Exit 101: What tech founders need to know before going through a sale process


Shawn Atkinson, partner at international law firm Orrick, shares his advice on how to achieve a successful exit. 

While many tech founders start their businesses with innovative ideas and altruistic intentions, many forget that part of the measure of success is having a smooth and positive exit, be that a public (IPO) or private sale transaction.

In order to fully capitalise on any opportunity and ensure a seamless process, there are a few key considerations that tech founders should be aware of at the outset.

Prepare for the journey

Preparing your company for sale, first and foremost means preparing your team. This includes having solid records in place and ensuring that intellectual property (IP) protections are comprehensive and up-to-date.

Making sure financial records and accounts are meticulous, timely and transparent is also critical to having a strong, competitive sale process. Having a prospective purchaser uncover that a target company’s annual accounts or other regulatory filings are not up to date at best makes the target look disorganised and can trigger more in-depth diligence being done by a prospective purchaser’s advisers.

Further, a sale process is a very taxing process and inevitably involves the entire company. Often a founder has to rely on a lot of good will from existing employees to put in that little bit extra – from staff who are already stretched doing their day job!

In addition, a sale process can be a very personal experience too. Building a business from scratch means founders are often incredibly emotionally invested, and going through the sale process is often difficult, without any certainty of outcome. Having a dedicated mentor or board level advisor can be a huge help – someone who has been through the process before and who can act as a sounding board or helping hand.

Understand the route

While internal preparation is important, researching the market or pool of potential acquirers is also critical. Understanding what they like to see, and what they don’t, enables an already stretched team to focus their time and effort in the right places. While having a good advisor in place should help, you should not underestimate the value of knowing your own market – both in terms of dealing with prospective purchasers but also freeing up your financial advisors to focus their time on real value-add items.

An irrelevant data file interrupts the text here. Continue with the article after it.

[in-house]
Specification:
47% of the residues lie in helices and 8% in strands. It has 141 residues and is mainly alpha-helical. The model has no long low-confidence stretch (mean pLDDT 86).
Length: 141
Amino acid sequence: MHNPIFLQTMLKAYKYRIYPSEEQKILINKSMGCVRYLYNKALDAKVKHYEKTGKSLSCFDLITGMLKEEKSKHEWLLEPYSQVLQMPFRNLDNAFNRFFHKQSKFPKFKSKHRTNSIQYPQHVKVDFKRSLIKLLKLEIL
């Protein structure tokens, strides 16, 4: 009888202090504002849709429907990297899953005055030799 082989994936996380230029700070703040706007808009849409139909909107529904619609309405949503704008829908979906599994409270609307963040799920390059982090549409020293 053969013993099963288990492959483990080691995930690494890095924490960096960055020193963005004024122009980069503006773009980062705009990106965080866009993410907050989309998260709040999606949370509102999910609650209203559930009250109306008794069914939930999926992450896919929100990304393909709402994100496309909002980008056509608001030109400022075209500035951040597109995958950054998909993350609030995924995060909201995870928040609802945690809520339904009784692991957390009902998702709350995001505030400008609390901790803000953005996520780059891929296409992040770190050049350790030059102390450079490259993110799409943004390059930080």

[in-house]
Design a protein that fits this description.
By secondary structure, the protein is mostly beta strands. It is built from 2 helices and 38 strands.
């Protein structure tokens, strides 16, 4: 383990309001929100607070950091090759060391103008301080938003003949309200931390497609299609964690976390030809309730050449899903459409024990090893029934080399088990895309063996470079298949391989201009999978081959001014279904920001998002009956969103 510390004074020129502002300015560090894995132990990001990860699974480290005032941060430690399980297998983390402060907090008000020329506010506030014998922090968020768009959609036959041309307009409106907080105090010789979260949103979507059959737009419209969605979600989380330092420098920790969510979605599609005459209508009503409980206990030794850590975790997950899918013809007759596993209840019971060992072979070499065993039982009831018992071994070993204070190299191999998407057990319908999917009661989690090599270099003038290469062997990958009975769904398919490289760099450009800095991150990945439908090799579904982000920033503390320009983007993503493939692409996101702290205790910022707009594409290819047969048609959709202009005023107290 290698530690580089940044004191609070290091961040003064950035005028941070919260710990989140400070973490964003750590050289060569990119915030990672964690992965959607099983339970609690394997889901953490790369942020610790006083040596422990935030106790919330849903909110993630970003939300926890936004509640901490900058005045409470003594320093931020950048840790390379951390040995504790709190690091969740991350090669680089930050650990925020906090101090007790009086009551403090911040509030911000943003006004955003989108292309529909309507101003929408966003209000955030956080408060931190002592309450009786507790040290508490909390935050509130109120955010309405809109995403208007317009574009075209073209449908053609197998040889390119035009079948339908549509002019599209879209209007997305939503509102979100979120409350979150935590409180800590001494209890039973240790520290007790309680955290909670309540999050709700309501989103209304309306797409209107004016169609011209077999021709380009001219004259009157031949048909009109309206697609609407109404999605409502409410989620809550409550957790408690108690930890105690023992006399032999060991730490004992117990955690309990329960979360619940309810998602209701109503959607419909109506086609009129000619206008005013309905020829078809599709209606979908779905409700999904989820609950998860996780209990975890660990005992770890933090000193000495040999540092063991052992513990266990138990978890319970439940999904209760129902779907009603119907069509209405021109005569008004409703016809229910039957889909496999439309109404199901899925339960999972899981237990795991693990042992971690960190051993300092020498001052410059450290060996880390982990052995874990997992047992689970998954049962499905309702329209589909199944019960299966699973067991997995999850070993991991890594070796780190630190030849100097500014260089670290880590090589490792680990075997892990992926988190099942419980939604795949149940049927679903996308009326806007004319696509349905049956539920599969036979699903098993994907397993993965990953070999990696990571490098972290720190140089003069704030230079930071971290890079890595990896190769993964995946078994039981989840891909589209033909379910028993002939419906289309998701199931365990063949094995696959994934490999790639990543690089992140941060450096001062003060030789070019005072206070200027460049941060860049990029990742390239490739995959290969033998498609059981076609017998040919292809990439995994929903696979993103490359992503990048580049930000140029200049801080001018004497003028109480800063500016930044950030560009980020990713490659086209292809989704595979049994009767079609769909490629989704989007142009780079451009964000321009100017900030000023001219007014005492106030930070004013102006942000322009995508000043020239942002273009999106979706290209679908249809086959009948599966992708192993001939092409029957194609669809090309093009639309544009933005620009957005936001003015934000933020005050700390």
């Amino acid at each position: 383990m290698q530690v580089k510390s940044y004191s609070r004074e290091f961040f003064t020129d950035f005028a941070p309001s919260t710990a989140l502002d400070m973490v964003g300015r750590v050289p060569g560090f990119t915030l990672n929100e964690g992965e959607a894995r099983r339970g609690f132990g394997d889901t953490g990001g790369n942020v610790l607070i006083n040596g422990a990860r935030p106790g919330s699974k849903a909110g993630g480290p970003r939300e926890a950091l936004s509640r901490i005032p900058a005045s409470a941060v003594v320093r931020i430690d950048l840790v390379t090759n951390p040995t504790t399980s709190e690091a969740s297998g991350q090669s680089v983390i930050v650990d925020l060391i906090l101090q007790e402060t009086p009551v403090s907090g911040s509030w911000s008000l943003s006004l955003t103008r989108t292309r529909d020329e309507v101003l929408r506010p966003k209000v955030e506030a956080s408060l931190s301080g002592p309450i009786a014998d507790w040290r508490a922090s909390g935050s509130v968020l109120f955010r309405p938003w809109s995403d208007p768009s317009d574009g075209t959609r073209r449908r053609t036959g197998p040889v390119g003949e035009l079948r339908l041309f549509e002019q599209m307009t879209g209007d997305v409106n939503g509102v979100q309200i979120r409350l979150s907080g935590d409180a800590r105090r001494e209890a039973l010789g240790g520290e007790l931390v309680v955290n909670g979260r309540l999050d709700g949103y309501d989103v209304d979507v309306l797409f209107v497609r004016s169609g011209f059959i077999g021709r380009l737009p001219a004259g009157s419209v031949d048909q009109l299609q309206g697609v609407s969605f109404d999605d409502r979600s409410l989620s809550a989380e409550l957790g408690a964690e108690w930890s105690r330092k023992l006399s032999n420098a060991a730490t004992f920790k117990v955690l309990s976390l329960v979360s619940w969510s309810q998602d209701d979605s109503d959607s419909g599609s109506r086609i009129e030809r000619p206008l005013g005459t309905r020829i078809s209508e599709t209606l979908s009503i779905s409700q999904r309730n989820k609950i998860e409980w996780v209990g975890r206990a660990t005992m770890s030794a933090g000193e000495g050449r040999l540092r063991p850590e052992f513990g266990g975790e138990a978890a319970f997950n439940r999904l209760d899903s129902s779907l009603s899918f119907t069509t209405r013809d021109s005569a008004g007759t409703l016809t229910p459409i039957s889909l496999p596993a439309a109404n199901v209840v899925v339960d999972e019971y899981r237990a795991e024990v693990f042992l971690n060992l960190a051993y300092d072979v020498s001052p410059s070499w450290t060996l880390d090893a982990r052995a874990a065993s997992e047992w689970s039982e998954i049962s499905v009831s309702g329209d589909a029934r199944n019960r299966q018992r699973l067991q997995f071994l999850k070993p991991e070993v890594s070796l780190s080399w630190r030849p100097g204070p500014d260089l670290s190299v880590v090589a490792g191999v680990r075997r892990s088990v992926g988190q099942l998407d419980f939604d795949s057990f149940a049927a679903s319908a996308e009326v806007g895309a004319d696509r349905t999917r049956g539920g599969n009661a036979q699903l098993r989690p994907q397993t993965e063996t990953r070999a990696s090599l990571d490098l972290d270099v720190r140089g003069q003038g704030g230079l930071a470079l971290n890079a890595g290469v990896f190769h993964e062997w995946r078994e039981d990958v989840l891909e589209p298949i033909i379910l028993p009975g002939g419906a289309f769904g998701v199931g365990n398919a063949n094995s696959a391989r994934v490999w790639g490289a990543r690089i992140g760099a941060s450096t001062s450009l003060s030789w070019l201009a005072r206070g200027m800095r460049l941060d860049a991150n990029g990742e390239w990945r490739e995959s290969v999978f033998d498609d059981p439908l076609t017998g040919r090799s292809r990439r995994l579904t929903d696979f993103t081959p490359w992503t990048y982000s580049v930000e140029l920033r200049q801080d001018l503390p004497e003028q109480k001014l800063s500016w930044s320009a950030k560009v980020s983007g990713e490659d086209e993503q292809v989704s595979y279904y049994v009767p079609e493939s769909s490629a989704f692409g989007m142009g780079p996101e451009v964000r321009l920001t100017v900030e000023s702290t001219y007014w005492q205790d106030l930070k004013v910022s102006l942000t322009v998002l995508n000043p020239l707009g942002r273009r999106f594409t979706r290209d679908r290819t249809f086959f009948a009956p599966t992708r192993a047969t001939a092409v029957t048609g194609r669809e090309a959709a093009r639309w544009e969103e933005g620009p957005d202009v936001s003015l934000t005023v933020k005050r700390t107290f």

Appreciating that each prospective buyer is different is essential. Some potential acquirers are looking for a business that can replicate what they offer, while others may be looking to use your innovation to revolutionise their business. Also, fully appreciating the commercial rationale for an acquisition from the start can also help mitigate any disagreements down the line, as both sides have a fundamental understanding of each other’s goals.

Setting expectations

Going through a sale process necessitates a great number of decisions, but as with any transformative change, being realistic is imperative. Having a measured view about the implications in terms of pricing, process, timings and the impact on your business pipeline and costs helps manage sky high expectations both personally and of the wider management team.

The sale of a company can be a burdensome process that will inevitably impact the founder’s ability to focus on the business, so make sure that key stakeholders in the company are aware of how this will affect short term prospects. While there may be disruption during the process, stay focused on the end result and accept that challenges now can mean opportunities later.

Get the right team

Choosing the right legal, financial or accounting advisors makes a huge difference to the success of any transaction. Get fit for purpose advisors who partner effectively with you and your senior management team – it’s about finding someone who seems like an extended member of the team, but has an objective perspective. The right advisors should take much of the burden off the company in terms of process.

Once you have the right advisory team, empower them and let them do what they do best. Putting your trust in them means letting them drive the process and accepting that they have the business’s best interest at heart, even if they suggest something you may not agree with.